Invasive cervical cancer not only affects deeper cervix tissues but also parts body parts as well like the vagina, rectum, bladder, lungs and liver. But cervical cancer grows very slowly and as it progresses via precancerous changes, this provides an opportunity for prevention and treatment when detected early. The introduction of better means for cervical cancer preventions has considerably reduced decline of such cases over the decades. Women in their early 20s and 30s are the most diagnosed with cervical cancer. When diagnosed early, adequate steps needs to be taken as a way of ensuring that it does not progress to stages that are more dangerous. In the search of the best diagnosis and prognosis, the care givers also need to learn some bls for healthcare providers as they may need to give support to patients who are at advanced stages of cervical cancer.

What causes cervical cancer?

When the cervical tissues undergoes through abnormal changes, this marks the start of cervical cancer. HPV infection is associated with the risk of development of such abnormal changes. Other factors that can increase the risk of getting cervical cancer are early sexual contact as having multiple sexual partners as well as increased use of oral contraceptives for birth control. All these leads to an increased exposure to HPV and HPV growth rate is further increased by cigarette smoking. Different types of HPV virus are responsible for causing different kinds of abnormal skin disorders like genital warts and skin warts.

Being diagnosed with HPV increases the likelihood of a woman being diagnosed with cervical cancer. The risk is also much higher among girls who start engaging in sexual activities when they are aged below 16 years or soon after they start menstruating. Another factor that increases the risk of getting cervical cancer is cigarette smoking. Chemicals found in cigarettes greatly interact with cervix cells and precancerous changes that follow progress to cancer over time. Using oral contraceptives for more than five years can increase the risk for cervical cancer as well.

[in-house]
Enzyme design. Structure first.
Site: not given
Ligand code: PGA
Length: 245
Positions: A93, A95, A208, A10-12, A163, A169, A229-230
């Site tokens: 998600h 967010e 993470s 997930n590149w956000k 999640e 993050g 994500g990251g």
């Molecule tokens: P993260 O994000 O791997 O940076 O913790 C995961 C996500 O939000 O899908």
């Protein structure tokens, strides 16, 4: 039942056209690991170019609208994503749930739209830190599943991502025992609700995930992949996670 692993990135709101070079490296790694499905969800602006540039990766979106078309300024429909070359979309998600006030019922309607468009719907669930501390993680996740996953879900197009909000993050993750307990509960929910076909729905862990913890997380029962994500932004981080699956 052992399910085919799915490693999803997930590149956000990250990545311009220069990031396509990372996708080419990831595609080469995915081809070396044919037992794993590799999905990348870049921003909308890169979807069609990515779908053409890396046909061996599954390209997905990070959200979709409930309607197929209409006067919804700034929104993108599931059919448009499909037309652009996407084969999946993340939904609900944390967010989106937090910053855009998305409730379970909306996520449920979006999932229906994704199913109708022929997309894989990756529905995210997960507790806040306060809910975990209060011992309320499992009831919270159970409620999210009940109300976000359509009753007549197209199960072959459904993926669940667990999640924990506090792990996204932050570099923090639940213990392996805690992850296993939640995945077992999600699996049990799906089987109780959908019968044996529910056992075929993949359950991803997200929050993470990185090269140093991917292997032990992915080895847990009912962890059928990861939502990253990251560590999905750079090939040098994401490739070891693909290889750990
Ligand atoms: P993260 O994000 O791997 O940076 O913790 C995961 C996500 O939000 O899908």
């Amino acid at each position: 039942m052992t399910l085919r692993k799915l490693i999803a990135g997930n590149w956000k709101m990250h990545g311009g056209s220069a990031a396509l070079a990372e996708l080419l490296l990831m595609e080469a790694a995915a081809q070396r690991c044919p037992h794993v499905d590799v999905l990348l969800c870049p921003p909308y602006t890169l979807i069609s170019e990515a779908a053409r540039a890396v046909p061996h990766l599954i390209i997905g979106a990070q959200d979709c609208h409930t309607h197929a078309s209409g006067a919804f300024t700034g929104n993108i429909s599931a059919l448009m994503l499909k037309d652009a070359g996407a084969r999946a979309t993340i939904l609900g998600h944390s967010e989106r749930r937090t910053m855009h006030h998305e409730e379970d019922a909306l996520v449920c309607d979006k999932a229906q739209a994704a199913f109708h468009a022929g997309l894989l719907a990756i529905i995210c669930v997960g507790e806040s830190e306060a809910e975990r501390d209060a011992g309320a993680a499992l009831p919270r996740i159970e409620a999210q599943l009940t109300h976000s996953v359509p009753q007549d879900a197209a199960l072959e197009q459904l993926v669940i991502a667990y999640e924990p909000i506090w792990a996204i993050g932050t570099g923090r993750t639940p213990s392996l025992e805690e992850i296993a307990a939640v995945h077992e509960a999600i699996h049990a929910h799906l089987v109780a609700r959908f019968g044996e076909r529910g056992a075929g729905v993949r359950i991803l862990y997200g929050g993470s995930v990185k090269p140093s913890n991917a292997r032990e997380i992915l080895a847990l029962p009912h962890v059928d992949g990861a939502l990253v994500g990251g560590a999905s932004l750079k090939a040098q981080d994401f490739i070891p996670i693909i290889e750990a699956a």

Cervical cancer symptoms

Just like other types of cancer, symptoms of cervical cancer might not be visible until the disease progresses into a dangerous stage. Such many include feeling pain, having abnormal vaginal discharge, abnormal vaginal bleeding besides menstruation, pelvic pain and kidney failure due to bowel or urinary tract obstruction during advanced stages of the cancer. Early diagnosis of cervical cancer contributes greatly towards successful treatment.

Seeking medical care

Vaginal bleeding is caused by a wide range of different conditions, some of which might even not have any relation to cervical cancer. Such conditions usually vary depending on your medical history, fertility and age. Seeking medical care when you suspect something abnormal in your cervix is crucial. Frequent bleeding and heavy bleeding during menstruation periods warrants a medical check and so is bleeding after menopause, as this is never normal. If you bleed after engaging in vigorous sex intercourse, make a point of letting your doctor know about. They will conduct various tests and exams to ascertain whether you have cervical cancer or not.